Leaking chamber of secrets
With one day left till the worldwide release of the last instalment of the Harry Potter series, ‘Harry Potter and the Deathly Hallows’, spoilers threaten to ruin the ending for all of us. Mahima Kaul explains why you need to watch where you click
What is with this Harry Potter mania?
When J.K. Rowling started to write the series, she did not have a target audience in mind. Her publishing house, Bloomsbury, assumed it would appeal to children the most. But its imagination, themes, and the hard questions it poses have transcended age. It’s not everyday that a series sells 325 million copies worldwide — and is translated into 63 languages! 250 million copies of Deathly Hallows have already been pre-ordered. Britain is going to release a series of 7 postage stamps to commemorate the event! Harry Potter and the Order of the Phoenix, the movie adaptation of the fifth book, raked in $330 million worldwide on its first weekend. An entire industry that includes toys and games feeds off the Harry Potter franchise. Mania, indeed!
What are spoilers? And fan-fic?
Spoilers basically tell you the plot of a yet unreleased movie/book. Harry Potter is not the only series to face this problem — for the Sex and the City finale, four separate endings were shot, so that if one ending leaked, they could use another so as to keep the finale fresh for viewers.
Some Potter fans, such as those who run the websites www.the-leaky-cauldron.org and www.mugglenet.com vowed to keep away from spoilers, and have refused to publish the rumours of plot-points floating around the Internet.
Many online communities have kept themselves entertained by creating Potter fan-fic, which are fan based versions of how the book ends. They are both harmless (for the publishers, especially) and quite popular. The key difference is that spoilers claim to be the real thing while fan-fic is a take-off (and often a tribute) to the original.
Where and who leaked them?
A month ago, someone going by the name of Gabriel claimed that he had hacked into the computers at Bloomsbury and posted key plot points on his website. He said it had been easy since many employees had kept chapters and drafts of the book on their computers.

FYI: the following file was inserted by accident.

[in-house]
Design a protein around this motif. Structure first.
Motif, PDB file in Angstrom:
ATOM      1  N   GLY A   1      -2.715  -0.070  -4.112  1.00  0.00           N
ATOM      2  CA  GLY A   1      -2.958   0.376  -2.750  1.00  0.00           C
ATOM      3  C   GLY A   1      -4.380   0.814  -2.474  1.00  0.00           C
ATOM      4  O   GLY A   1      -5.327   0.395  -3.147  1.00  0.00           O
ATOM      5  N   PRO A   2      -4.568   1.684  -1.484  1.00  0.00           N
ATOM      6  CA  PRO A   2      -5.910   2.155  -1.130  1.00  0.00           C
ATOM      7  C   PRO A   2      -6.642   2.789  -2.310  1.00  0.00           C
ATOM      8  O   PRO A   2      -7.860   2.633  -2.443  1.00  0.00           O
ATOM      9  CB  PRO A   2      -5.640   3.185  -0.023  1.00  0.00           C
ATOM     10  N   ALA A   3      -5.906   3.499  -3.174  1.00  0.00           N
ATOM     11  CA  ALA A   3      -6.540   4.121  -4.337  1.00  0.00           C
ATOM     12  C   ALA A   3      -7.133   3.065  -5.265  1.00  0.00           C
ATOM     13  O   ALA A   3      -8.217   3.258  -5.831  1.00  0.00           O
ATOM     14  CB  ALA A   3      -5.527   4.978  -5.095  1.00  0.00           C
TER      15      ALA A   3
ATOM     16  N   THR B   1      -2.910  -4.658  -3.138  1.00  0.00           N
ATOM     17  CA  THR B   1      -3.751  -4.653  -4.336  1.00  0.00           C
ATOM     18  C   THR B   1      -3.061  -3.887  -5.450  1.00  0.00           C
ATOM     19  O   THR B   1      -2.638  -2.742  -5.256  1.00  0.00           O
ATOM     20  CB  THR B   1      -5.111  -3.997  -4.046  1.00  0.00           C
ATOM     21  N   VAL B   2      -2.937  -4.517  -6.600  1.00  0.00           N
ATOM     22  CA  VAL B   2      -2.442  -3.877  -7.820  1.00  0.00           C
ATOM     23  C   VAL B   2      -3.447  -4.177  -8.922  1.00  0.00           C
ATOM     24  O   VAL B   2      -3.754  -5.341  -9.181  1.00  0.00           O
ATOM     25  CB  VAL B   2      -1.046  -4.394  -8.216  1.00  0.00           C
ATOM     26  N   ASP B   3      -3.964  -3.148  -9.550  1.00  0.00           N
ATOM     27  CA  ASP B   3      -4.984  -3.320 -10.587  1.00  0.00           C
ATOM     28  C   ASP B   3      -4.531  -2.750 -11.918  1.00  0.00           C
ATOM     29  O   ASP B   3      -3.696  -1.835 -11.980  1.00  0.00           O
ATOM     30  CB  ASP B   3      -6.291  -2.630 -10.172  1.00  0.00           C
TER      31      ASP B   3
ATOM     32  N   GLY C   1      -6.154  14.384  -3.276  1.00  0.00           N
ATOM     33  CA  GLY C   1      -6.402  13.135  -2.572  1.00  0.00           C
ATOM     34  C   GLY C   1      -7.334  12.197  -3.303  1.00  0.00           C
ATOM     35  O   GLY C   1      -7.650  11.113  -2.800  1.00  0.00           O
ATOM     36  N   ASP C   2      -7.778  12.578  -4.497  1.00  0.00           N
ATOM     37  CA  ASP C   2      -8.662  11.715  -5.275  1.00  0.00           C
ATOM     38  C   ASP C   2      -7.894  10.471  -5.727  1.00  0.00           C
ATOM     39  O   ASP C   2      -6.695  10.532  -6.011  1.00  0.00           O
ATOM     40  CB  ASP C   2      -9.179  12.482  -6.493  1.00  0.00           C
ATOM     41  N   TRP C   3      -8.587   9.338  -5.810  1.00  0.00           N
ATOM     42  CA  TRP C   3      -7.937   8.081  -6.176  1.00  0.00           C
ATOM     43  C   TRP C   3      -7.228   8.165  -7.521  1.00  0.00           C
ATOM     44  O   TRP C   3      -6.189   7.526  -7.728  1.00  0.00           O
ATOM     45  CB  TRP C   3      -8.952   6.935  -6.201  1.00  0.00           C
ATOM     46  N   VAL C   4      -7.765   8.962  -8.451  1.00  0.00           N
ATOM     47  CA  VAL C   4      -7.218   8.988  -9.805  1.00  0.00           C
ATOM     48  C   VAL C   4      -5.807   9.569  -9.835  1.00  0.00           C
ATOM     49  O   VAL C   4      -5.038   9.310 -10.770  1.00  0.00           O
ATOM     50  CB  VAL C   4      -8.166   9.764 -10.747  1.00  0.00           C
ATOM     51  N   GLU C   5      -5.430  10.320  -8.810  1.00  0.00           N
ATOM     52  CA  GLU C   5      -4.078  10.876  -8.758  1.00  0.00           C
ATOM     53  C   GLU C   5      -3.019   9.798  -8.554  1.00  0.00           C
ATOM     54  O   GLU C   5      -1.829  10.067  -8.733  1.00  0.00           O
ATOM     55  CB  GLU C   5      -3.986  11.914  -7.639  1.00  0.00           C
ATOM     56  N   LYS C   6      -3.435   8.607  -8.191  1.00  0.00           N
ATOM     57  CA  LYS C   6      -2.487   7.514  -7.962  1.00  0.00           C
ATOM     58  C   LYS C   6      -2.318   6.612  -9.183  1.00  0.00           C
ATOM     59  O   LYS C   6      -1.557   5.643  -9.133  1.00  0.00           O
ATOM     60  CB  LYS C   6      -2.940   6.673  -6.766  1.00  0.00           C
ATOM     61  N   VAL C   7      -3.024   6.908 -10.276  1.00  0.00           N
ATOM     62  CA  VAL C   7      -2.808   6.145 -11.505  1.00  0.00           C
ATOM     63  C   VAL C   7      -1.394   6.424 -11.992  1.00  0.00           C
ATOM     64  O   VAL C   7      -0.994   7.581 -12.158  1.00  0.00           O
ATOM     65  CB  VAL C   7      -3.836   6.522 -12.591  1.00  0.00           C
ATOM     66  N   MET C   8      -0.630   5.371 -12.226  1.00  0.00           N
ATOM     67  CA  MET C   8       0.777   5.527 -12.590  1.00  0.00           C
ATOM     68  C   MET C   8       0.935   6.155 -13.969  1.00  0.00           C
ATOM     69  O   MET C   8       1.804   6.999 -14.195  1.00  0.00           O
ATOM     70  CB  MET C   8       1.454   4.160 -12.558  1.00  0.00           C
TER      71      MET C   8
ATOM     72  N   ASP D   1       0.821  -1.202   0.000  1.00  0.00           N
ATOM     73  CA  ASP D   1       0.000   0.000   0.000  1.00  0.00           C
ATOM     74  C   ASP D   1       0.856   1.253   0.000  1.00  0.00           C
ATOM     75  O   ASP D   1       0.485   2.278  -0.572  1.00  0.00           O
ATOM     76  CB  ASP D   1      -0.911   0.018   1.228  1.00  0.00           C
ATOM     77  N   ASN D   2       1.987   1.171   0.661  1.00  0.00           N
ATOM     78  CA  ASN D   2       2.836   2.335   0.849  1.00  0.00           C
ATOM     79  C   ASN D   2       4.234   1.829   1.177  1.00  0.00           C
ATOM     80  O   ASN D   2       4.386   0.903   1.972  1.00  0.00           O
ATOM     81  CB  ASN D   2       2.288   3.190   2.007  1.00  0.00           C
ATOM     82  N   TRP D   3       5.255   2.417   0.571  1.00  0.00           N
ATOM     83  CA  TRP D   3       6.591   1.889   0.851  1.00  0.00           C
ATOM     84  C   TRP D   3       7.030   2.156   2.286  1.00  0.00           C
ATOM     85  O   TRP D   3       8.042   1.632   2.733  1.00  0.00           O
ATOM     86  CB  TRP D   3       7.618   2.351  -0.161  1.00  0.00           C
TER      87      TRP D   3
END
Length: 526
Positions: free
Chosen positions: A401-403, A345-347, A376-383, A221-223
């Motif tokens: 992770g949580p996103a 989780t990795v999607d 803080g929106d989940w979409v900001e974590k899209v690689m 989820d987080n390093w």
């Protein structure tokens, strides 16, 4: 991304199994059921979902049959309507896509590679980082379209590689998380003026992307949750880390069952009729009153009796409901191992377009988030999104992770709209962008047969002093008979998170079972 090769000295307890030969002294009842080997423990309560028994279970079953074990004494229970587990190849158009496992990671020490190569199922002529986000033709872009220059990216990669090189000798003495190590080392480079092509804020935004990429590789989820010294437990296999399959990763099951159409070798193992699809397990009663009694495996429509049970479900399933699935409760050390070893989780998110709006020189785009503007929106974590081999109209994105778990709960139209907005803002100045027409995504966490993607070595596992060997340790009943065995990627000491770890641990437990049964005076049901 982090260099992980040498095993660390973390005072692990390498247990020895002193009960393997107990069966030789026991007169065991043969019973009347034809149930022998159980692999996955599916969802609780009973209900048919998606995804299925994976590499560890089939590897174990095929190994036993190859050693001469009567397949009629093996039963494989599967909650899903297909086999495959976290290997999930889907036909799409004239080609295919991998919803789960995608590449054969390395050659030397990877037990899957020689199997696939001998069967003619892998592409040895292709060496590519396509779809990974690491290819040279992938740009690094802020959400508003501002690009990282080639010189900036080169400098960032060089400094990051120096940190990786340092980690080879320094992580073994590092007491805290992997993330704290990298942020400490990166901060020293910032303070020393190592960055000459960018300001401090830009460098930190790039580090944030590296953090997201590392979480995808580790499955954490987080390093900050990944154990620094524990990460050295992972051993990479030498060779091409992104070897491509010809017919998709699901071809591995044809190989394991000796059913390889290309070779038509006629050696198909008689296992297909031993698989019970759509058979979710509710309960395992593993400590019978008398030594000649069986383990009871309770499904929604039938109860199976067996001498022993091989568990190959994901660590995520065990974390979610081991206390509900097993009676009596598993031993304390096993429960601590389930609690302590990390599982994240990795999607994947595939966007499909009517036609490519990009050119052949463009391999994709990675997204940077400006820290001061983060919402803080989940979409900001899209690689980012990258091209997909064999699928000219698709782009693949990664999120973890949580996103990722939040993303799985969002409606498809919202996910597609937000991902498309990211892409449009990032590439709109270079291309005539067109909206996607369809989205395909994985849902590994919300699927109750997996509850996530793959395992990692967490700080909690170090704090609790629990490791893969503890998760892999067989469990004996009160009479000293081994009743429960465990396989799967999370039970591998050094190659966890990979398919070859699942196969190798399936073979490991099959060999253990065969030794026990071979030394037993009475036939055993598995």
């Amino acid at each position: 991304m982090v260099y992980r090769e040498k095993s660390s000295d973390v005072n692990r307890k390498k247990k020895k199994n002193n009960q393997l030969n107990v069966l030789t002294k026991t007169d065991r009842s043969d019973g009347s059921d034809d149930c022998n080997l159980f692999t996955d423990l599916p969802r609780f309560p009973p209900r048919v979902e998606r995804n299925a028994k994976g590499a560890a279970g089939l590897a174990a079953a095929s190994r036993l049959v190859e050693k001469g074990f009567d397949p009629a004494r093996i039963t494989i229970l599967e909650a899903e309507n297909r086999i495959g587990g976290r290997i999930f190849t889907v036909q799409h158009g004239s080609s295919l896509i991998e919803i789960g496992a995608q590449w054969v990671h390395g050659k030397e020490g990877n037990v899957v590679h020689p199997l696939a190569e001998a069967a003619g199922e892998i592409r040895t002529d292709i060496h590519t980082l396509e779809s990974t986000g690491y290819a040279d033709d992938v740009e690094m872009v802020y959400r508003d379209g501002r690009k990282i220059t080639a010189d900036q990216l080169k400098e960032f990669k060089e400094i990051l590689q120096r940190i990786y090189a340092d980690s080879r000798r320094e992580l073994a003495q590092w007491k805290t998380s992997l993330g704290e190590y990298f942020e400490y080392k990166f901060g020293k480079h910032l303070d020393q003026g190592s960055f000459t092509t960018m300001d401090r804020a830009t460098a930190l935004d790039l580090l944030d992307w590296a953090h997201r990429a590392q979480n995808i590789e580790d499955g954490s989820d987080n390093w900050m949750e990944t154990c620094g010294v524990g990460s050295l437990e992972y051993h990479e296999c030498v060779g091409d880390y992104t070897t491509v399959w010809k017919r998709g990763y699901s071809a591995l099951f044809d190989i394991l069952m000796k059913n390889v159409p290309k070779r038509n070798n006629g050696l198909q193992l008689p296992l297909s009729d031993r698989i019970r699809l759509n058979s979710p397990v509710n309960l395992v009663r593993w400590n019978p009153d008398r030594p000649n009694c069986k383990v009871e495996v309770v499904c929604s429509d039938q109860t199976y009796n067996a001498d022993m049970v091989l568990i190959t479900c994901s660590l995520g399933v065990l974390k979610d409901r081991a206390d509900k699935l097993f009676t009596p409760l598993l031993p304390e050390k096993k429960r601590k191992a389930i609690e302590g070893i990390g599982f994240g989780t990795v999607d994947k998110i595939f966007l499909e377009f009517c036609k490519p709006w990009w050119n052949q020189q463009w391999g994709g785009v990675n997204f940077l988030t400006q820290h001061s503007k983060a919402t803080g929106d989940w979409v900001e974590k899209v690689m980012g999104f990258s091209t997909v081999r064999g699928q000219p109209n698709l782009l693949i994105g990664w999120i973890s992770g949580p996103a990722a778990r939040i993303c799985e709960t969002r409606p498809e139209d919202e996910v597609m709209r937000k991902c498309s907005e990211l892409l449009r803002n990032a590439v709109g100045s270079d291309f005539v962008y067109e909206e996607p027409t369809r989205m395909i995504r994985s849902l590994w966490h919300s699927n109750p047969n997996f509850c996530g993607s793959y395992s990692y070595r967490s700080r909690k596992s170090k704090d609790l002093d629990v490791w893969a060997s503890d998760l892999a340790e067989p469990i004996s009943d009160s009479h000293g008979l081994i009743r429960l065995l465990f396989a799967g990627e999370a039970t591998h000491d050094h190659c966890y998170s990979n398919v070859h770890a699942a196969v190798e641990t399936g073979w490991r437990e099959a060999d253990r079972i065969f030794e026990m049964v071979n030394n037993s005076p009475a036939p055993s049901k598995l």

More recently, a sequence of photos of a hand leafing through the 700-page book has been released on the Internet. The story doing the rounds on blogs is that someone who was responsible for counting the number of books in a carton took these pictures and posted them online. While many maintain that this is also fake, some bloggers claim that the photographs of the book’s epilogue were taken by Barnes & Noble employees themselves. Scholastic, Rowling’s US publisher, has neither confirmed nor denied the accuracy of the leaks.
So how are the publishers protecting the book?
The final book was published in an undisclosed location. The 65 publishers worldwide have started delivering copies to bookstores for the synchronised world book launch. There is major security — there are sensors on the cartons which will go off if it is opened before time, tracking devices on delivery trucks, and even guard dogs posted at certain storage places.
While the publishers have been asking people not to re-post spoilers floating on the Internet, they will definitely not hurt sales figures because all Potter fans will like to own a copy of the book!